S. Sidharrth of Madurai who scored 95.8 per cent in CAT and got a place at IIM, Ahmedabad. Photo: G. Moorthy
“Not many from the south take CAT as they lack awareness”
For S. Sidharrth, scoring 95.8 per cent in Common Admission Test (CAT) and securing a seat in Indian Institute of Management, Ahmedabad, is a dream come true.
Having worked as an associate software engineer at Fidelity Business Services in Bangalore, Mr. Sidharrth got the inspiration to take up CAT on seeing many of his colleagues write the test.
An engineering graduate from Thiagarajar College of Engineering here, he cleared CAT in second attempt.
“I had to balance work and studies. I spent six hours a day studying after work hours. Reading newspapers and keeping myself updated on current affairs helped me a lot. I took nearly 20 mock tests and assessed the results,” he told ‘The Hindu’ on Tuesday.
Effective time management and reading a lot to improve communication skills are essential to get selected for admission to the prestigious IIMs, said M. Vignesh and B. C. Someshwar from Madurai, who have secured places at IIM, Bangalore.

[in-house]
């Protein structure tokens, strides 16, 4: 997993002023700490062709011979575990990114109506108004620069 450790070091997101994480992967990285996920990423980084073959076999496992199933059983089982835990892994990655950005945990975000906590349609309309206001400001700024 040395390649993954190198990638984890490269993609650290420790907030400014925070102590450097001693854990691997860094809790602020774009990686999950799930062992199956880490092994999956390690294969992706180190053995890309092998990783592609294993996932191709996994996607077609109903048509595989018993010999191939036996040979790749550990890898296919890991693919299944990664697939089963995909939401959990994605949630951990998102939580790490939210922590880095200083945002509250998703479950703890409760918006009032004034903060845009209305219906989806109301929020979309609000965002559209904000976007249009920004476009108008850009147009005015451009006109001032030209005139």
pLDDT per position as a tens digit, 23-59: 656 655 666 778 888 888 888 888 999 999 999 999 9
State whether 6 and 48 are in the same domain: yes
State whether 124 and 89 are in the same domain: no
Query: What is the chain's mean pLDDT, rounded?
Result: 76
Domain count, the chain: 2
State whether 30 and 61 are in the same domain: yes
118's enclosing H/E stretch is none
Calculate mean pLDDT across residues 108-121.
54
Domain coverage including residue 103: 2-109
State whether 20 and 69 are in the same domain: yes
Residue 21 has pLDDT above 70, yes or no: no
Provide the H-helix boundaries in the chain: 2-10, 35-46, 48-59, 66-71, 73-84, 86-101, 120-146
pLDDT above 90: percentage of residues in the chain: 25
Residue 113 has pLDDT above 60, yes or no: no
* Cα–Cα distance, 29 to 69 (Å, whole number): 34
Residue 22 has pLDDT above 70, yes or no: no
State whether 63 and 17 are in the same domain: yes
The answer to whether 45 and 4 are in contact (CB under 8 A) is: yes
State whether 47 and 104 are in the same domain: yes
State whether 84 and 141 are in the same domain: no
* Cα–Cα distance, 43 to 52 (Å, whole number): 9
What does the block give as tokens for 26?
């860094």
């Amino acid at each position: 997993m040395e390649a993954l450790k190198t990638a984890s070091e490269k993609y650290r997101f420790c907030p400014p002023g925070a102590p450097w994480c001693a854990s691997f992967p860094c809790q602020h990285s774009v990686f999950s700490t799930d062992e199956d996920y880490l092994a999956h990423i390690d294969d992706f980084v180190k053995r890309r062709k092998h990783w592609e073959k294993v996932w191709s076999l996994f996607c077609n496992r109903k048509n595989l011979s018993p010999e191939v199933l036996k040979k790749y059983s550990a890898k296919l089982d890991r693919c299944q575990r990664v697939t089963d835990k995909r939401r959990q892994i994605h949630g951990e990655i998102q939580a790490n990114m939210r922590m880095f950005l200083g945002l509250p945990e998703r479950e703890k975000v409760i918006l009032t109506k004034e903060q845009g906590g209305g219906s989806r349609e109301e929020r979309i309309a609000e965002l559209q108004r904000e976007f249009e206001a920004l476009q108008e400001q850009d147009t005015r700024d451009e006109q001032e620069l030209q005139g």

Mr. Vignesh, a graduate from Karunya University, worked at Accenture in Bangalore for two years before writing CAT. He got selected for IIM, Bangalore and IIM, Calcutta with a score of 98.85 per cent and has chosen IIM, Bangalore.
“I attended a professional coaching institute four weekends before my interview. Otherwise, I prepared for a year after returning from work. Reading editorial pages in ‘The Hindu’ helped me articulate stand on different issues,” he said.
Mr. Someshwar, another graduate from Thiagarajar College of Engineering and employee of KMPG in Chennai, scored 89.98 per cent in CAT.
“Reading magazines and learning new words are necessary, apart from proper coaching from experienced trainers. Minimum one year of preparation is sufficient,” he said.
According to Mr. Sidharrth, while cities such as Chennai and Tiruchi generate more graduates attending the IIMs, most southern districts, including Madurai, are not able to produce such students in large numbers mainly because of lack of awareness and motivation.
“We have good resources here, but the colleges should motivate the students better and give good exposure. I think it will only be a matter of time for the number of candidates from Madurai to increase. Students should start preparing from third year in college,” he concluded.